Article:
It’s called Gods And Kings and it’s not your grandfather’s Ten Commandments. According to “insiders” this is envisioned as a “Braveheart-ish vrsion of the Moses story.” Less gloss than DeMille and more grit.

Color me skeptical, but then I underestimated Spielberg’s horsey war movie too and it was a lovely surprise. I don’t need to hear the Moses story again, but maybe if it’s really Braveheart-ish there will at least be some quality disembowelings!

via: Deadline



9 Responses to “WB close to getting Spielberg for their Moses pic”

  1. Daniel Day Lewis would be great Moses!

  2. Hell, Daniel Day Lewis would be great as Margaret Thatcher

  3. When this project was first announced in September, with Warner Bros. clearly courting Spielberg for it, I had the thought that it would only be worth Spielberg’s time if he made a gritty version of the tale rather than in the style of the glossy 1956 classic of DeMille’s. Looks like that is what is being hinted at, with many sources suggesting that it could be a Saving Private Ryan-like take on your Biblical epic of yesteryear.

  4. Graig, i was laughing for 4 minutes straight with your comment!!
    Alexander, i agree 100%. If he made Ten Commandments : The sequel it would be a waste of time but it looks like he will approach the story the right way.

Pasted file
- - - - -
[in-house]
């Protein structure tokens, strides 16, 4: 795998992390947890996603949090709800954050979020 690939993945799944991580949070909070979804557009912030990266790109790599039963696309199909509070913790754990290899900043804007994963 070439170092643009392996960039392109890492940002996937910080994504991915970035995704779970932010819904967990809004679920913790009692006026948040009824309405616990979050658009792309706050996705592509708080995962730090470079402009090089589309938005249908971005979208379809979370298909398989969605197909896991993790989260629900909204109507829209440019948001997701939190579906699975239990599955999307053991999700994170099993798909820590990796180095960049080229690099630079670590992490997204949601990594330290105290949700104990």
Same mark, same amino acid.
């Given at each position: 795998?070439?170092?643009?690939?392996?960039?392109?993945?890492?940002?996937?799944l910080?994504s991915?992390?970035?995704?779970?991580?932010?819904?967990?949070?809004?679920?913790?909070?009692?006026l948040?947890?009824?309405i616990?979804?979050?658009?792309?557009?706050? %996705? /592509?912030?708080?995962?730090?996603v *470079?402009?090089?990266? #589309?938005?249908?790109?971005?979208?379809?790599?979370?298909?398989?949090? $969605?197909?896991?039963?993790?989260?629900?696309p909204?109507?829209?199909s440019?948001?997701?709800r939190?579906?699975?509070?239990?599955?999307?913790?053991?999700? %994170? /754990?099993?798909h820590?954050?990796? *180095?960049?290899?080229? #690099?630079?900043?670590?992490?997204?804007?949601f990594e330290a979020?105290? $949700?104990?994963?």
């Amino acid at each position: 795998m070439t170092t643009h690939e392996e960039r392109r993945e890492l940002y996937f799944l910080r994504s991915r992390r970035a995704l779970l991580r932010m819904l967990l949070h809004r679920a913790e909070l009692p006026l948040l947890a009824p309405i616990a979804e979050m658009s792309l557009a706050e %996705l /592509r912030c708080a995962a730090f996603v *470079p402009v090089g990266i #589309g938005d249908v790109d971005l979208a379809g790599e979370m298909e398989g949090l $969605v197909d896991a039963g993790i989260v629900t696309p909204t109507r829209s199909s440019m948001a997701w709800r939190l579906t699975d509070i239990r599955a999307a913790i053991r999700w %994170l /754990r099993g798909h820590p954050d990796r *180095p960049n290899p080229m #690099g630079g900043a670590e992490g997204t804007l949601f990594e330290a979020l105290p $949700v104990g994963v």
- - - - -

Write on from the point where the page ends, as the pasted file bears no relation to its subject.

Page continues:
5. Spielberg’s admiration for DeMille’s version (the “Close Encounters” scene) means this makes sense. The fact that he already backed a perfectly good animated version of this story with “Prince of Egypt” means it makes less sense. Anyway, in the grand scheme of things it’s just another remake. Also, I despise “Braveheart” with every fiber of my being (well, nearly every fiber– it has Patrick McGoohan in it), so the comparison doesn’t fill me with confidence.

  6. It’s not necessarily a remake at all unless you assume that all that makes a movie are the basic facts of the story. That’s a little like saying Saving Private Ryan was just a remake of The Longest Day.

    For what it’s worth though, I don’t get a good vibe off of Braveheart either, though I think their meaning is that it’s going to be more action-oriented than previous versions of the story.

  7. It’s a story from the Bible. From the Old Testament, even. That gives it about the same historical veracity as something from Greek Mythology. Yeah, believers can believe what they wish, but it’s not comparable to D-Day.

    Maybe you’re just talking about “the facts of the story” as the basic details of the narrative, and not in a historical sense (I expect that’s the case, but you never know), but even so, it can be as revisionist as it wants, but it’s still a remake on one level or another, just as that dreadful Clive Owen “King Arthur” was to “Excalibur”, or any other take on the Round Table mythos. It’s another example of unoriginality in Hollywood, just with a longer reach.

  8. yes, “facts of the story” are exactly what I’m talking about, which is why I used those words.

    Your definition of remake is so broad as to be essentially meaningless, but it’s still true that Hollywood is in love with repeating itself.

  9. And it always has been. Just ask DeMille.

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